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BCS: Justice Department antitrust attorneys want to meet with us

By the CNN Wire Staff
STORY HIGHLIGHTS
  • DOJ attorneys want a "background briefing" on how the BCS operates
  • That meeting will take place later this summer, the BCS says
  • The BCS system makes it difficult for some college football teams to qualify

(CNN) -- Attorneys at the Department of Justice's Antitrust Division are requesting a "background briefing" on how the Bowl Championship Series operates, BCS Executive Director Bill Hancock said Thursday.

The request comes after the Justice Department said last month in a letter to the National Collegiate Athletic Association that "serious questions" continue to arise suggesting the current BCS system "may not be conducted consistent with the competition principles expressed in federal antitrust laws."

"Late last week, staff attorneys ... contacted me to request a voluntary background briefing" on BCS operations, Hancock said in a statement. "I told them I would be happy to provide it."

The briefing will likely take place this summer, he said, although no date has been set.

In the NCAA letter released in May, the Justice Department said it had received several requests for an antitrust investigation into the current BCS system and wanted information to help it decide what to do.

The controversial system makes it difficult for teams in some athletic conferences to qualify for major football bowl games, potentially costing millions of dollars in revenue to teams not chosen.

The decision to release the letter came after U.S. Sen. Orrin Hatch, R-Utah, a major opponent of the current system, demanded further consideration of the BCS system in a face-to-face conversation with Attorney General Eric Holder at a Senate Judiciary Committee hearing.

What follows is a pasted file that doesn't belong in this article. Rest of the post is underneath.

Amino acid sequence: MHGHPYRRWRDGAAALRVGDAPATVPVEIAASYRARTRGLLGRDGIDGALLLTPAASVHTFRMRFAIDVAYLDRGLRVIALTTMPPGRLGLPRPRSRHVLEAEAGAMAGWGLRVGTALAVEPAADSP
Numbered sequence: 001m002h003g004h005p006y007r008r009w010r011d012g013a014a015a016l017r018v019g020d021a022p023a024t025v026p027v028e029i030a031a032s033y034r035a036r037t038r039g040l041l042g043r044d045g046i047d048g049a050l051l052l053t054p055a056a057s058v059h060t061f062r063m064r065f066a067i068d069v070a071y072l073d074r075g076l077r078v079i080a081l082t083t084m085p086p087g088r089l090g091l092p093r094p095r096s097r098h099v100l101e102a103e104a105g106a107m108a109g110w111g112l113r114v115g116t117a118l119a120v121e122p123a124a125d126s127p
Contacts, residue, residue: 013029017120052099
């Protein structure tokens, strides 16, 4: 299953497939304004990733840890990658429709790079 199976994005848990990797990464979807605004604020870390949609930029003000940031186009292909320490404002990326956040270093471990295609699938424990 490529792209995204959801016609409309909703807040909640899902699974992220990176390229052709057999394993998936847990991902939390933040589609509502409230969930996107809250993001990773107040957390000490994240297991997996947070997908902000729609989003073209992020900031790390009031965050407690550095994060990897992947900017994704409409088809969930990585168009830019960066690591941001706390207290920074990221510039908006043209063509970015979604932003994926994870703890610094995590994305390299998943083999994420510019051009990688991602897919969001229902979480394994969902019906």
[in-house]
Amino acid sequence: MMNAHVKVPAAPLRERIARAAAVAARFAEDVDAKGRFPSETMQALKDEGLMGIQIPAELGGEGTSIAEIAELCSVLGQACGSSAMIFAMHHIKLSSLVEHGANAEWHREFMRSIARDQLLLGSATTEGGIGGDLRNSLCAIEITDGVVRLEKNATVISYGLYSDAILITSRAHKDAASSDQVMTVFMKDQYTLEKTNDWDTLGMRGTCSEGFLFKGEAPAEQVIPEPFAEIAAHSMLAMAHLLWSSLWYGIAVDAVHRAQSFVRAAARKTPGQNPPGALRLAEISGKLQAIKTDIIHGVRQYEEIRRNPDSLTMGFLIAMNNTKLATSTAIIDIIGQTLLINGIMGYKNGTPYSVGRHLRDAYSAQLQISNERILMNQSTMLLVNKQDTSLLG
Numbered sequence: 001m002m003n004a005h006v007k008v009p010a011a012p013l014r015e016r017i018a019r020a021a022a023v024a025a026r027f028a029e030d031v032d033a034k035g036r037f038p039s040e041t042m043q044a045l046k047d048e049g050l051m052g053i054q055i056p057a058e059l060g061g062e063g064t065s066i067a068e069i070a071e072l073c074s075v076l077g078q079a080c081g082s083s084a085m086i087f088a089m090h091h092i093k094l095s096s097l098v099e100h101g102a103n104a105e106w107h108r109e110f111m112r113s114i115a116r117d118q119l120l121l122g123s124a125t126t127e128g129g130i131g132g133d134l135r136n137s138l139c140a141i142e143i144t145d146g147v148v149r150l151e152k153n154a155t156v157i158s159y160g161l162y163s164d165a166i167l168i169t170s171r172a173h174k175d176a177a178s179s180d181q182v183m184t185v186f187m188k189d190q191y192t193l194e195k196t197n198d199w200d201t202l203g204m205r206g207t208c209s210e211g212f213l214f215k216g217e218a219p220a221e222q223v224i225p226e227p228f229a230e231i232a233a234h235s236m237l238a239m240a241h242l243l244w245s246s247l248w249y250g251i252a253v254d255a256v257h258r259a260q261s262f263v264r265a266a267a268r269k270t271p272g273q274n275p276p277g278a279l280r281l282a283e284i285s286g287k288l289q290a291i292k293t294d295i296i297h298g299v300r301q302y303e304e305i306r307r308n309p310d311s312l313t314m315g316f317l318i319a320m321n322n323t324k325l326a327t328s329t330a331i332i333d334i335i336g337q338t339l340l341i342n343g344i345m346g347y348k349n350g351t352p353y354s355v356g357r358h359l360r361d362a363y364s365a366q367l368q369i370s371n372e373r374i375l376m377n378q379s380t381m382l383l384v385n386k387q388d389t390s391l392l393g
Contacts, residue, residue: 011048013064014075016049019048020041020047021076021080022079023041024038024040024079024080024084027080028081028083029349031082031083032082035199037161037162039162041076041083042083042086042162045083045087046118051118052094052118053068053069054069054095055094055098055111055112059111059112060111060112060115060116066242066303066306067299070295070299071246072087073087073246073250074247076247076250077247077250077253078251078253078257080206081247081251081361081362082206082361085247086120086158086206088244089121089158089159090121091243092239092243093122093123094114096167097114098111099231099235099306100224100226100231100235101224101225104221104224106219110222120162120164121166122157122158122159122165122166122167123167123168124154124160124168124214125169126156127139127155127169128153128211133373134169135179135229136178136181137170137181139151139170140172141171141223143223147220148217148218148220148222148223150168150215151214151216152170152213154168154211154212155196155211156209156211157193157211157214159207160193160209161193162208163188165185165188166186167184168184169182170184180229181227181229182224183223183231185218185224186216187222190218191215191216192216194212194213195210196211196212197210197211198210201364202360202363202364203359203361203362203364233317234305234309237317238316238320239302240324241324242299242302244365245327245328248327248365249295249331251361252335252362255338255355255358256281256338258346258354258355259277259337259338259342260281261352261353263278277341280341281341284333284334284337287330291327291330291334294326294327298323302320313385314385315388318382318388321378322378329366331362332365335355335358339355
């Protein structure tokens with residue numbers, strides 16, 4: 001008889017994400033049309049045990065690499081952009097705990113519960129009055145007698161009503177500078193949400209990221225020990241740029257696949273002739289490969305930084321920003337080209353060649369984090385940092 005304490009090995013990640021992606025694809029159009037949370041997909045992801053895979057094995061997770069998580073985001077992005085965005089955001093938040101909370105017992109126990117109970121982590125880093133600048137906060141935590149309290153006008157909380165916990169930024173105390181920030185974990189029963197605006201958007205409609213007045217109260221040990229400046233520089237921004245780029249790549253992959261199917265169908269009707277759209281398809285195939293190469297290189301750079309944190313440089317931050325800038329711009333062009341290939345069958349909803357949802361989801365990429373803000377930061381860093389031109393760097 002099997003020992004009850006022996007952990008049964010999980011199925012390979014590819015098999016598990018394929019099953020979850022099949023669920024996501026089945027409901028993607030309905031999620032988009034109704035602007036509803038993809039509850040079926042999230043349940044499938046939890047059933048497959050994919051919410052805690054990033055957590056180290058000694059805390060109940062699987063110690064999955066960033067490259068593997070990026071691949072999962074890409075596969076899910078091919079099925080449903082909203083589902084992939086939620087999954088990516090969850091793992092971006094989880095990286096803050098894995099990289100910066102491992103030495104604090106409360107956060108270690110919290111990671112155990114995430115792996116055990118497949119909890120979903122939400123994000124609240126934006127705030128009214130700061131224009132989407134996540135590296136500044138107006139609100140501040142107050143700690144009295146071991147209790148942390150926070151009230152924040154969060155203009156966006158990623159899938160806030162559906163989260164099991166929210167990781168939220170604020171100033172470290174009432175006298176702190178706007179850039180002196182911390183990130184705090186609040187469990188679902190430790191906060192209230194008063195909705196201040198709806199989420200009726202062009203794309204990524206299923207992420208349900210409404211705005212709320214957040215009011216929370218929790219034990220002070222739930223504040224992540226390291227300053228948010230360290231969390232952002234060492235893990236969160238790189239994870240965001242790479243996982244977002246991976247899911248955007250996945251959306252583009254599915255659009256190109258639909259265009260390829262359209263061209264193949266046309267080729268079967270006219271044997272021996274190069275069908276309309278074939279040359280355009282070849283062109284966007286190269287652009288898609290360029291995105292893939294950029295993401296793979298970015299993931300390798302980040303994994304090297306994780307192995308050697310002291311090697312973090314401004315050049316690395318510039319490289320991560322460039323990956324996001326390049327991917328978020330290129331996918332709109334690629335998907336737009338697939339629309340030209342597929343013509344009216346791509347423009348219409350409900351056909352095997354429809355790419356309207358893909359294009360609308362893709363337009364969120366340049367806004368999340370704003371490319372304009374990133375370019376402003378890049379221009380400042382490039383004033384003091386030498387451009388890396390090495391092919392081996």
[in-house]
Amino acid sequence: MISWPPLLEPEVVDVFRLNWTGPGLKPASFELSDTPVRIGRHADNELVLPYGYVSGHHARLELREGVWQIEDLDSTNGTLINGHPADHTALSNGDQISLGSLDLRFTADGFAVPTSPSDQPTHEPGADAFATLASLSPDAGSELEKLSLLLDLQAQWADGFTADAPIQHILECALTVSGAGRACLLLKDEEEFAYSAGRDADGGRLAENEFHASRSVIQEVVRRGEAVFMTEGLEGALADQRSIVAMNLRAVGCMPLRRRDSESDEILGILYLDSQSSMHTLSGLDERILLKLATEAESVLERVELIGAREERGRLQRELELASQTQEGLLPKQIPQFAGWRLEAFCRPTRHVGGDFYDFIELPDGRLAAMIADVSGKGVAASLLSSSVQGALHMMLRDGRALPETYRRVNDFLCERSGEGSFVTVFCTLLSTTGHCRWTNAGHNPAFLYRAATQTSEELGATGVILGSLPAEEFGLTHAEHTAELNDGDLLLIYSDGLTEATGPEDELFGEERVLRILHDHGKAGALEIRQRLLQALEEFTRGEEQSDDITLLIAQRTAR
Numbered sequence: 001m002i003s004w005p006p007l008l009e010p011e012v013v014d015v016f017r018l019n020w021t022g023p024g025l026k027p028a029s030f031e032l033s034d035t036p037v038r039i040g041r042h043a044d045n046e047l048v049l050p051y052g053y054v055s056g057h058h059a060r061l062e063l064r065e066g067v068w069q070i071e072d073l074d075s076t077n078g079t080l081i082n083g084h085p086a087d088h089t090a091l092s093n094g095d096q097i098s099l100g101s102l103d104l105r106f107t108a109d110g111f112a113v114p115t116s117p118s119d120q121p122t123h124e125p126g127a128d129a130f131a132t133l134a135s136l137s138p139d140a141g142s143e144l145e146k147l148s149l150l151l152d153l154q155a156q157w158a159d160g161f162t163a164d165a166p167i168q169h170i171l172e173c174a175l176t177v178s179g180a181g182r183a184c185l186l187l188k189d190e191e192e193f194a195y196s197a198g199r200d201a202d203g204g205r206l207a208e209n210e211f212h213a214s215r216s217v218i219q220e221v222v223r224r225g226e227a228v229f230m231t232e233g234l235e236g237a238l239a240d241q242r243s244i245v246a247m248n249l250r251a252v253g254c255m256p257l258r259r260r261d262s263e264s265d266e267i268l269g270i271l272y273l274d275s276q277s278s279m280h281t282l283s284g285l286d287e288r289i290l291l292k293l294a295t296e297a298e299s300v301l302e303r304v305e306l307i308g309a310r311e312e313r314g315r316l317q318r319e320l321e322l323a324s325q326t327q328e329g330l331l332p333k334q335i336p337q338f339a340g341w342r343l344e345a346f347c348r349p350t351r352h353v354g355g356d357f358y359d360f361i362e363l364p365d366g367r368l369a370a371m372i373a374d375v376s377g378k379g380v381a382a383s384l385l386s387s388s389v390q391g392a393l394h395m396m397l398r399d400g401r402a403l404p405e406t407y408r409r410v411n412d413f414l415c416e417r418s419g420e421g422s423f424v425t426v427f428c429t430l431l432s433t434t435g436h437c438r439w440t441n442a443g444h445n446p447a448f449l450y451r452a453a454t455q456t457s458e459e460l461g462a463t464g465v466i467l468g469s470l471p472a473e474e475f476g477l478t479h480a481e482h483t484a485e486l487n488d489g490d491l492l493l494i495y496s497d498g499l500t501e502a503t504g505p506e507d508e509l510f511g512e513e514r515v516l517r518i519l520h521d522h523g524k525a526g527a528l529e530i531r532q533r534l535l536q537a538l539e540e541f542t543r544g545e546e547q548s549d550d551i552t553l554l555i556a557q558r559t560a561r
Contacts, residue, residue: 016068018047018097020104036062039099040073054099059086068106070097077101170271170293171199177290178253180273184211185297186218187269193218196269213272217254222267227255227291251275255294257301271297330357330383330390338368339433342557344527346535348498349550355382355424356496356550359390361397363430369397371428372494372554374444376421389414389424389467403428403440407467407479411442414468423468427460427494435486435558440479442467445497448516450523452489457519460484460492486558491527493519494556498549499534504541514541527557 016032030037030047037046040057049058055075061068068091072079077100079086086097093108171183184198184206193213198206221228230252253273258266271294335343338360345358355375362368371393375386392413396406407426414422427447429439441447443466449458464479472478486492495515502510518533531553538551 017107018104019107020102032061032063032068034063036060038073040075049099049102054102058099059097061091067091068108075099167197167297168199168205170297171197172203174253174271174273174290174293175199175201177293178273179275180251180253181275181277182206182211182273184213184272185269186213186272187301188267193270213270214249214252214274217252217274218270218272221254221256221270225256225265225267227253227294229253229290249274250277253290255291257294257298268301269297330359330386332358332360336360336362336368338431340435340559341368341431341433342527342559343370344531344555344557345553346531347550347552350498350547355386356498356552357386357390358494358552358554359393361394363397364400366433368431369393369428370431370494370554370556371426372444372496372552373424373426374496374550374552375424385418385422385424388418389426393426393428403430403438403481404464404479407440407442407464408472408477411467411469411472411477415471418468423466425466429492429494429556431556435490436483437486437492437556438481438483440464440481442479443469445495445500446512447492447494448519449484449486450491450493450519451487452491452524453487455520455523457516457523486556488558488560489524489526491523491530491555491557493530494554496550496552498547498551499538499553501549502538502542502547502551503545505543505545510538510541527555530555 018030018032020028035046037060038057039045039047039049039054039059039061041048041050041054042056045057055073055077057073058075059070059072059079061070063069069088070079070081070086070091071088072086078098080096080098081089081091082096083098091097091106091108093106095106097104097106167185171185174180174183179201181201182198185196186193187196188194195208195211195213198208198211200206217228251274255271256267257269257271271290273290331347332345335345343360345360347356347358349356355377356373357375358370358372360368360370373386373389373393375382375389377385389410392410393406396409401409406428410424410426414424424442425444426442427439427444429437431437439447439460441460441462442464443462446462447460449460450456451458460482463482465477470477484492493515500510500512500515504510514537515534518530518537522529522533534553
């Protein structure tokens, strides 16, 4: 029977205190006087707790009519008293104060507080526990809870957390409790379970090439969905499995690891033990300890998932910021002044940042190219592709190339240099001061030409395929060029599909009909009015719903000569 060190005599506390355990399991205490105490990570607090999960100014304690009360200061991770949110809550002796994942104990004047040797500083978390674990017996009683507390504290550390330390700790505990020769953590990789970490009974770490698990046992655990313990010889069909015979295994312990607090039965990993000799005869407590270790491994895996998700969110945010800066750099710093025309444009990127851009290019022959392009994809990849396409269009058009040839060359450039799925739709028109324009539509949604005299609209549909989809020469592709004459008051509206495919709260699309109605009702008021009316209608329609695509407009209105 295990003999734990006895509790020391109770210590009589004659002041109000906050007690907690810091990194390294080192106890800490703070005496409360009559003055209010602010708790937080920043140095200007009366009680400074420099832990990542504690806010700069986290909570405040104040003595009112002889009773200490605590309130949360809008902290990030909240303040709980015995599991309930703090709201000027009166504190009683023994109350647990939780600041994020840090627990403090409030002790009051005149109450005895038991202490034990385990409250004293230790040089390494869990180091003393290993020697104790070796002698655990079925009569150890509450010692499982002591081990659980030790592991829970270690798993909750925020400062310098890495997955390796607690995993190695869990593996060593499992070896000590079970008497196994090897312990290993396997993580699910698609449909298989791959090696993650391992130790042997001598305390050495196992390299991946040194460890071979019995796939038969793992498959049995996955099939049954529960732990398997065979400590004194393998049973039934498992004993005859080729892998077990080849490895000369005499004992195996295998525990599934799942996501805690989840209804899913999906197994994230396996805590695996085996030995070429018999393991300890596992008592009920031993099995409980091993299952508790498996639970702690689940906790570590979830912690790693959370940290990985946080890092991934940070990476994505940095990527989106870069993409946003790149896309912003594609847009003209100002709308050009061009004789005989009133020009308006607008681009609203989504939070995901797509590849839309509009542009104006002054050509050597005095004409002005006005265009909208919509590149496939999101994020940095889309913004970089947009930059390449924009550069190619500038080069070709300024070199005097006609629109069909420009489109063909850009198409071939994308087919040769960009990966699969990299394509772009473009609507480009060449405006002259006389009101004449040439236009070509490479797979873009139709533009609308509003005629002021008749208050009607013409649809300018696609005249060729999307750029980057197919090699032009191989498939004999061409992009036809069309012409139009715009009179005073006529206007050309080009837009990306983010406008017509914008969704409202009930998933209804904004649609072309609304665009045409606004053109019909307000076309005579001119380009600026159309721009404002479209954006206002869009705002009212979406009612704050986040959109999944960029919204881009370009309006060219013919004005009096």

Holder responded by disclosing the Justice Department had sent the letter to the NCAA on the issue.

In the letter, Assistant Attorney General Christine Varney asked NCAA President Mark Emmert to explain why college football does not have a playoff when so many other college sports do. She also asked what steps, if any, the NCAA has taken to create a playoff, and whether the NCAA has determined that there are aspects of the BCS system that do not serve the interests of fans, colleges, universities and players.

Officials acknowledged at the time that the NCAA was not legally required to respond, although lawyers following the case said they expected it to do so.

"The BCS was carefully created with antitrust laws in mind, and I am confident that it is fully compliant with those laws," Hancock said in the Thursday statement. "It has improved competition by delivering a national championship game between two top-ranked teams, which only rarely existed before the BCS. It has also dramatically increased access to top-tier bowl games for schools from non-AQ (automatic qualifying) conferences. I look forward to a conversation with the attorneys at the Justice Department."

Antitrust lawyers have been watching the debate increase for more than two years, to see whether the Justice Department would enter the case.

One antitrust expert who declares himself neutral in the case said last month that he doubts the Justice Department will launch an investigation because it has a full plate of more pressing issues.

"There is a problem, but not an antitrust problem," said Gordon Schnell of the New York firm Constantine Cannon. A court could never mandate a playoff game, he said, but it could break up the current BCS system.

Currently, the system limits automatic bids to the winners of the Big Ten, Big East, Big 12, Atlantic Coast Conference, Pac 10 and the Southeastern Conference, thereby leaving out other conferences, including almost all the schools in the Rocky Mountain Region. Only two remaining at-large spots are available to all other colleges and universities.

CNN's Terry Frieden contributed to this report.